<i>Not Just</i> Jerusalem Day

Batya Medad ,

לבן ריק
לבן ריק
צילום: ערוץ 7
Batya Medad
New York-born Batya Medad made aliyah with her husband just weeks after their 1970 wedding and has been living in Shiloh since 1981. Political pundit, with a unique perspective, Batya has worked in a variety of professions: teaching, fitness, sales, cooking, public relations, photography and more. She has a B.S. in Journalism, is a licensed English Teacher specializing as a remedial teacher and for a number of years has been studying Tanach (Bible) in Matan. Batya blogs on Shiloh Musings and A Jewish Grandmother. ...

On the eve of the 26th of Iyyar*, the opening of the Six Days War, 41 years ago...

The Six Days War concluded with great miracles, including the liberation, return to Jewish sovereignty of our historic HomeLand, the Biblical Jewish Land, Judea, Samaria and all of Jerusalem. We celebrate Jerusalem Day, but we should also be celebrating, Hebron Day, Shechem Day, Shiloh Day, Bethlehem Day etc.

Having lived in Shiloh for almost 27 years, I know that part of the HolyLand well.  And just a reminder that we'll be having a "Rosh Chodesh Sivan Prayer-Psalms Gathering" at Tel Shiloh this Wed., the first of Sivan, June 4, 9:45am.   You can visit the Tel any time, but sometimes you need an "excuse."  

I'm also no stranger to Gush Etzion:

We live north of Jerusalem, in Shiloh. South of Jerusalem is Gush Etzion. Even though the earliest of the post Six Days War returnees to our precious Land were similar, whether moving to Ofra or Alon Shvut, today there are enormous differences between Gush Etzion and Mateh Binyamin (the Benjamin Regional Council, where Shiloh is.) There are many more Jews in Gush Etzion, and the housing values are tremendous. That's not just because the average home is larger.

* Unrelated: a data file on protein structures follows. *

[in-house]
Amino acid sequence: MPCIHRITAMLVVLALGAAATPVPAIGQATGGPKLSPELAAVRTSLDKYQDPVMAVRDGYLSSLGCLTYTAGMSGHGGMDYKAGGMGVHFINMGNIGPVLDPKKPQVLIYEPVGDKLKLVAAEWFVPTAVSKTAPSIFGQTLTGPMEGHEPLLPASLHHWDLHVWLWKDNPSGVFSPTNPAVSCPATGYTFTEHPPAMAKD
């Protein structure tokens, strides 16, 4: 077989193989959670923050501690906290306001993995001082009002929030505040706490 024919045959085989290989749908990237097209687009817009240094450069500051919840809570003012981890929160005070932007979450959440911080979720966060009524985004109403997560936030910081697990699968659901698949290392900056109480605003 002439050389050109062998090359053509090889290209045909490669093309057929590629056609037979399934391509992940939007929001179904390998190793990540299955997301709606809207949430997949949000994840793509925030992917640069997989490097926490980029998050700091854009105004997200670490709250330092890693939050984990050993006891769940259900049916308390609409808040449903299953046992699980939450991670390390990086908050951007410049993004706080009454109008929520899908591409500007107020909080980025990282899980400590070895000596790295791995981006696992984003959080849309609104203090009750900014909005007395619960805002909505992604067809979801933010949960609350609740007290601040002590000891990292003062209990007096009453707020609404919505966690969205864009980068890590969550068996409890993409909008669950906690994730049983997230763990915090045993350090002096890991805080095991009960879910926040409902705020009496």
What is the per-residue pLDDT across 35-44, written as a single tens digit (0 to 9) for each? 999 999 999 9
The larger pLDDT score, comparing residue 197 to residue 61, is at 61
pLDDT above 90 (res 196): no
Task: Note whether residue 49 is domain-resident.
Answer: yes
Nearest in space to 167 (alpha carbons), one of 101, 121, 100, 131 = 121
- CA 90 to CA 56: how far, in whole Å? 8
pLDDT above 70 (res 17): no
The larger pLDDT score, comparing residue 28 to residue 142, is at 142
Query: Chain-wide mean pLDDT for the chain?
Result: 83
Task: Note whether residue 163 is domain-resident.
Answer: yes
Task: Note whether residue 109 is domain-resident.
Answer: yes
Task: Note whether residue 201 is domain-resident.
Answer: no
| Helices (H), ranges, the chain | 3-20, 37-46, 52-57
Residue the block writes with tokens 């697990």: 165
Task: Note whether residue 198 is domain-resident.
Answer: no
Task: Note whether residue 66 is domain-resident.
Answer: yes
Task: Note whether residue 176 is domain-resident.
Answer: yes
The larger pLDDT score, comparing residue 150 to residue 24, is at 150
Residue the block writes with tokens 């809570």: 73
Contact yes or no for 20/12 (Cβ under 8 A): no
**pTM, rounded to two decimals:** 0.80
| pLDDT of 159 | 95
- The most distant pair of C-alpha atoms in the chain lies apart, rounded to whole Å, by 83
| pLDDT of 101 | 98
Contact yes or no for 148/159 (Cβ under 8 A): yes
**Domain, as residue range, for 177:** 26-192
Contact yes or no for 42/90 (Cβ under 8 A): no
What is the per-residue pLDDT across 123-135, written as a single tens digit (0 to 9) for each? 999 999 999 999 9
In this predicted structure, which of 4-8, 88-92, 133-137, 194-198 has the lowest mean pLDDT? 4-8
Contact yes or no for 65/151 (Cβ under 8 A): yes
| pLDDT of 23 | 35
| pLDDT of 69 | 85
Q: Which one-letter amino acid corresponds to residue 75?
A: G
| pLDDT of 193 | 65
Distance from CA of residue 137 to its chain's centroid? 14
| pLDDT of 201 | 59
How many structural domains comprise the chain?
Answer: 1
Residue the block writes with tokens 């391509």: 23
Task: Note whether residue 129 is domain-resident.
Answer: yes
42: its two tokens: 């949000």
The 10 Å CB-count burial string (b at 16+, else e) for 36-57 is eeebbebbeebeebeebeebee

Efrat 1

Before I became an English teacher, over ten years ago, I worked "in advertising" for the regional phonebooks. There was no comparison. The Gush Etzion book was full of ads, large expensive ones, many from local businesses. My area's book was much tougher to fill, even though there were many more communities.

Efrat 2

Gush Etzion is concentrated in a much smaller area, and most of the communities are just a few minutes from Jerusalem, while Mateh Binyamin is enormous, and the closest Jerusalem neighborhood, Pisgat Zeev is an outlying one, far from the city center, which can't be accessed by a simple sidewalk. Within minutes most residents of Gush Etzion can travel to a local shopping center and visit the various yishuvim. Mateh Binyamin is spread between Latrun, between Jerusalem and Tel Aviv, the Jordan Valley and Samaria. Our "shopping center" is an isolated spot in southern Binyamin, north of Pisgat Zeev. There's a big discount supermarket, health clinic, clothing store and a few others.

 Efrat 3

Many of our Gush Etzion friends built their large homes rather cheaply with local Arabs, even in some of the more ideological communities. Quick, easy access to Jerusalem and Beit Shemesh mean that the simplest homes are worth more than ours. Egged bus company seems more "forgiving" than they are by us. When we were waiting for the bus to Jerusalem in Elazar, after the Bar Mitzvah, I was amazed to see the bus stop unlabeled and blocked off by a large garbage bin and cars.


 If we would dare do that, we'd get hell from Egged and no bus. All in all, I'm not sorry that we didn't move to Tekoa or Efrat, the first yishuvim we had seriously looked at. Shiloh is where I'm meant to be.


*Maybe next year I'll tell you what else happened on the 26th of Iyyar.